GOP State Senator Calls For November General Election Audit, Despite No Evidence Of Fraud
On today’s program: Associated Press reporter Marc Levy explains why state Sen. Doug Mastriano is calling for an Arizona-style election audit; Penn State professor Sarah Damaske discusses her new book about unemployment, and says much can be learned from the generous benefits given during the pandemic; and Troy Schooley with P3R talks about what a return to live road racing looks like ahead of the Fleet Feet Liberty Mile race.
State Sen. Doug Mastriano pushes for election audit, despite no evidence of fraud
(0:00 - 7:35)
State Sen. Doug Mastriano is pushing foran audit of Pennsylvania's 2020 November election results. The results are certified, and court cases dismissed claims of fraud, but Mastriano says an audit will resolve concerns over the election's integrity.
"These concerns, of course, are primarily stemming from Donald Trump saying the election was rigged and stolen from him," said Marc Levy, a reporter for the Associated Press who has been covering the story.
Mastriano has left a lot of questions unanswered, says Levy.
"He hasn't said how it would be funded, he hasn't said who would do all this work, and he hasn't said where all this equipment would be stored securely."
The audit originally targeted three counties: Philadelphia, Tioga and York. Mastriano sent letters to all three counties, giving them until July 31 to submit a plan to comply with the audit request.
It recently came to light that Fulton County officials allowed a uncertified third-party company, Wake TSI, to access its voting machines after state Republican lawmakers contacted them about an audit.
Acting Secretary of State Veronica Degraffenreid said the county’s voting machines are now decertified because they were inspected by this company, and Fulton County will likely need to acquire new machines ahead of November’s election.
New book on unemployment looks at unspoken hardships
(7:38 - 15:36)
The pandemic saw months of high unemployment rates as workers were sent home and businesses closed to reduce the spread of COVID-19. For those eligible, bolstered unemployment benefits served as a lifeline. Some of the resources available early in the pandemic, however, are now being rolled back, perhaps leaving some even worse off.
“The Tolls of Uncertainty” is a new book by Pennsylvania State University associate professor Sarah Damaske. Her research found that although the system helps some, unemployment experiences vary widely.
“Everyone finds unemployment to be a difficult time in their lives, but some people have many more tools that let them go through that experience and get through it with fewer scratches and scars than others do,” says Damaske.
Damaske interviewed 100 Pennsylvania residents dealing with unemployment starting in 2013 to find out what their experience in unemployment was like. Her interviewees included parents, single people, partnered people, and all were middle or working-class individuals.
Of those people, Damaske found middle-class men were more likely to have resources like savings and severance packages that allowed them to experience fewer challenges in unemployment than working class men or women, regardless of class.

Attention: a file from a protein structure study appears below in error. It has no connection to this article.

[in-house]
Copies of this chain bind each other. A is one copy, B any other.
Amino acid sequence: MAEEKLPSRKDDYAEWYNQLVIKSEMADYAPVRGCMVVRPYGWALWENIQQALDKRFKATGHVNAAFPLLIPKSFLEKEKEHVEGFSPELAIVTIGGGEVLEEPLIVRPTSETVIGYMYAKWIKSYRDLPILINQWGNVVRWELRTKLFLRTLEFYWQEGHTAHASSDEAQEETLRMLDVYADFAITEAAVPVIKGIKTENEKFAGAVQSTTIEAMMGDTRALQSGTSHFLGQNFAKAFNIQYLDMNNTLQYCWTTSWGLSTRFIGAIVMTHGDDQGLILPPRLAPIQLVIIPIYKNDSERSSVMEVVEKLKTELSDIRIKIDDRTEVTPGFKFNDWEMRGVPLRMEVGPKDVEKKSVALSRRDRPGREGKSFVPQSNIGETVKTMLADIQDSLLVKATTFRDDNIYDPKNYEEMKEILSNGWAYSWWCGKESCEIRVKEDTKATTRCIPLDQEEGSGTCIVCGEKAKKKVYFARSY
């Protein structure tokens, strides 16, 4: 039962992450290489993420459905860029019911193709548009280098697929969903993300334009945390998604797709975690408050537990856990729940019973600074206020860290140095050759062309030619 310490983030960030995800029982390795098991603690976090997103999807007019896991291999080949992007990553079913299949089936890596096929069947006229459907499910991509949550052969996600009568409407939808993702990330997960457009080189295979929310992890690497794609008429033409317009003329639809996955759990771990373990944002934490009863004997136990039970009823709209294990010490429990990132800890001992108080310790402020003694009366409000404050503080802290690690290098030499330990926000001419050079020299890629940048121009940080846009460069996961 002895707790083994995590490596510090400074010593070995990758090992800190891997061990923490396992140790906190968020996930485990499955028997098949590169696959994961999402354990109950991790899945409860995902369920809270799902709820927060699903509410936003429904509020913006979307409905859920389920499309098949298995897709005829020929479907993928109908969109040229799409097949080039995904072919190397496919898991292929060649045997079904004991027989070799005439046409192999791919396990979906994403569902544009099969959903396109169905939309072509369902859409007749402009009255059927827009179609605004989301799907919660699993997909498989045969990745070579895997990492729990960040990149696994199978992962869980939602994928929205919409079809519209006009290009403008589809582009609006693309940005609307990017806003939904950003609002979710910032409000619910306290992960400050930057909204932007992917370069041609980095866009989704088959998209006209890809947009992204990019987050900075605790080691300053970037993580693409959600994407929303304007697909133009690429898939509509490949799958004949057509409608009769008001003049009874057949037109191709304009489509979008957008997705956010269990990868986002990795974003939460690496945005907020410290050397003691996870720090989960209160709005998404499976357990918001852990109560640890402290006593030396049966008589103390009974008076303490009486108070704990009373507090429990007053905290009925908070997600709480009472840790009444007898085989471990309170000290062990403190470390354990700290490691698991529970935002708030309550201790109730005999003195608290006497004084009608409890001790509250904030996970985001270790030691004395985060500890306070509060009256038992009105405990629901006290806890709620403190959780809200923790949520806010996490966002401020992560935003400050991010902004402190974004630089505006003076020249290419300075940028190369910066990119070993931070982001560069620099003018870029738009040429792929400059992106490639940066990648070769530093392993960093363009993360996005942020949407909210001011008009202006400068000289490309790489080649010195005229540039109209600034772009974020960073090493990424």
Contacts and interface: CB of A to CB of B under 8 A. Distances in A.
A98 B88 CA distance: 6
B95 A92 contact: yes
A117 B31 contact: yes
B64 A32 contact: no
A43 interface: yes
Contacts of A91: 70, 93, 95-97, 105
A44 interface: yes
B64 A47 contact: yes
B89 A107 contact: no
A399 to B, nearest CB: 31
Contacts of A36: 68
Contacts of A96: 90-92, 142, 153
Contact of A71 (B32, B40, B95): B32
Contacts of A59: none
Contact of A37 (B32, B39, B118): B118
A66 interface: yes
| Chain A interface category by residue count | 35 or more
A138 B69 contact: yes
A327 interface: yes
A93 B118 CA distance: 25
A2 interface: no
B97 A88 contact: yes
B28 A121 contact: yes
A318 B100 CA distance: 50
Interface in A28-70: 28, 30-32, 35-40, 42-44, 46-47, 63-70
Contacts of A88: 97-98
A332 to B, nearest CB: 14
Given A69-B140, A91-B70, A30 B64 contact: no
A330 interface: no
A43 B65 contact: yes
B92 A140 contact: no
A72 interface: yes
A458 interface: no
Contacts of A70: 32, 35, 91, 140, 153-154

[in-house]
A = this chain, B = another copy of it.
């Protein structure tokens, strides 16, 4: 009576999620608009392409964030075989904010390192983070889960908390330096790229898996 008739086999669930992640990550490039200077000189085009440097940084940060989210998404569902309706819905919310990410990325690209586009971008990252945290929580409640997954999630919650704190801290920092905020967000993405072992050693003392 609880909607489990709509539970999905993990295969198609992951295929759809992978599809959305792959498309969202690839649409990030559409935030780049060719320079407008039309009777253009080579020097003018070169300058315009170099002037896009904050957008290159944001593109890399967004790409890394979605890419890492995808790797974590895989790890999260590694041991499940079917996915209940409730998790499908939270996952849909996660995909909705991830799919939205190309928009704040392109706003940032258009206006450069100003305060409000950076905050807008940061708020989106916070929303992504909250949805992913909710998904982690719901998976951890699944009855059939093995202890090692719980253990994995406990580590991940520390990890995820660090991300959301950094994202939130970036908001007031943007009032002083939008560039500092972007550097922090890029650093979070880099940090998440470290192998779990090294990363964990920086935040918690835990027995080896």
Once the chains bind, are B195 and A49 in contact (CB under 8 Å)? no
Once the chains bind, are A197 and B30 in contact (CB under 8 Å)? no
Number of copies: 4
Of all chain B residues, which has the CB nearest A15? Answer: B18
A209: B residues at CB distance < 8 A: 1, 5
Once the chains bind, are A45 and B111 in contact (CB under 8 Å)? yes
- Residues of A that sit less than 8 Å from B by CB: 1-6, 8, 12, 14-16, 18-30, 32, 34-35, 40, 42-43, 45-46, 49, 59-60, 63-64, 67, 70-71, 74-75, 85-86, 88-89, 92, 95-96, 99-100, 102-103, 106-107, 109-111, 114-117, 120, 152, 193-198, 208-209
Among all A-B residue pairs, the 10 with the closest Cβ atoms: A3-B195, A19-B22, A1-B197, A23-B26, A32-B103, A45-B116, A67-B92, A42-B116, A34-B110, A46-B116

She also found that women were often expected to provide full-time childcare and perform other domestic duties when unemployed, making job searches more difficult.
Although her research largely took place before the pandemic, Damaske says the Coronavirus Aid, Relief, and Economic Security (CARES) Act was key in reducing the effects of unemployment, over the last year. She says those who had access to benefits like expanded unemployment money and no work-search requirements were much less likely to experience material hardship from unemployment than those who did not.
“I think that teaches us that when we are more generous, we are less likely to allow people to be thrown into poverty by unemployment,” she says.
Pittsburgh will see its first live road race since the start of the pandemic
(15:41 - 22:30)
For the first time in 20 months, live competitive running is back on streets of Pittsburgh. The Fleet Feet Liberty Mile, the fastest, shortest run, returns Friday evening at 6 p.m.
“It’s like Christmas morning here in the office this week,” says Troy Schooley, CEO of P3R, of the return to in-person racing. “Twenty months is a long time, but we’ve been able to inspire a lot of people to continue moving throughout COVID.”
P3R organizes and owns several races including the Pittsburgh Marathon and the Liberty Mile, and helps coordinate others such as The Great Race. However, the last two marathons were held virtually, as was last year’s Liberty Mile and 10 mile race.
Schooley says a record-breaking 1,300 people have signed up for Friday’s race, exceeding the previous record of 1,196 registrants. Some are even participating virtually.
Schooley says over 20% of participants registered for Friday’s race are new to P3R events, and he attributes some of that interest to people who turned to outdoor activities during the pandemic.
“I think that when people got outside at the beginning of COVID, they’re walking around their neighborhood or local parks, and that walk probably turned into a jog, and for some that jog turned into a run,” says Schooley. “They don’t need to be fast at all, we just want them out moving.”
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